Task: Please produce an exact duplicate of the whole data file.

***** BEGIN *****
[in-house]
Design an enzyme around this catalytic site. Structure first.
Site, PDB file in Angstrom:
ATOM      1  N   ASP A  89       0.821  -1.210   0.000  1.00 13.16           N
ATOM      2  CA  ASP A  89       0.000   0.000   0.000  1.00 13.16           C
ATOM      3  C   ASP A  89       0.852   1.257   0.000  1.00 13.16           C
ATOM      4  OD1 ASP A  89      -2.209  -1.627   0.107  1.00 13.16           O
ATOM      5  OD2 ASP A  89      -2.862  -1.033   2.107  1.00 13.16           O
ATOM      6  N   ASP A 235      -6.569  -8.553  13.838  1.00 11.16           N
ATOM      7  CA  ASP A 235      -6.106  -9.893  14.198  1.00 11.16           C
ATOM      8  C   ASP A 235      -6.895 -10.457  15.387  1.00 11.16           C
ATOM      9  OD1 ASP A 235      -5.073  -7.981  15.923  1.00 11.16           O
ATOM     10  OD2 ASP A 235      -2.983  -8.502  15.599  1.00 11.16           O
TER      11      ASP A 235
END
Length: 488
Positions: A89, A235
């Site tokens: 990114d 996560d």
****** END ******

[in-house]
Design an enzyme around this catalytic site. Structure first.
Site, PDB file in Angstrom:
ATOM      1  N   ASP A  89       0.821  -1.210   0.000  1.00 13.16           N
ATOM      2  CA  ASP A  89       0.000   0.000   0.000  1.00 13.16           C
ATOM      3  C   ASP A  89       0.852   1.257   0.000  1.00 13.16           C
ATOM      4  OD1 ASP A  89      -2.209  -1.627   0.107  1.00 13.16           O
ATOM      5  OD2 ASP A  89      -2.862  -1.033   2.107  1.00 13.16           O
ATOM      6  N   ASP A 235      -6.569  -8.553  13.838  1.00 11.16           N
ATOM      7  CA  ASP A 235      -6.106  -9.893  14.198  1.00 11.16           C
ATOM      8  C   ASP A 235      -6.895 -10.457  15.387  1.00 11.16           C
ATOM      9  OD1 ASP A 235      -5.073  -7.981  15.923  1.00 11.16           O
ATOM     10  OD2 ASP A 235      -2.983  -8.502  15.599  1.00 11.16           O
TER      11      ASP A 235
END
Length: 488
Positions: A89, A235
């Site tokens: 990114d 996560d």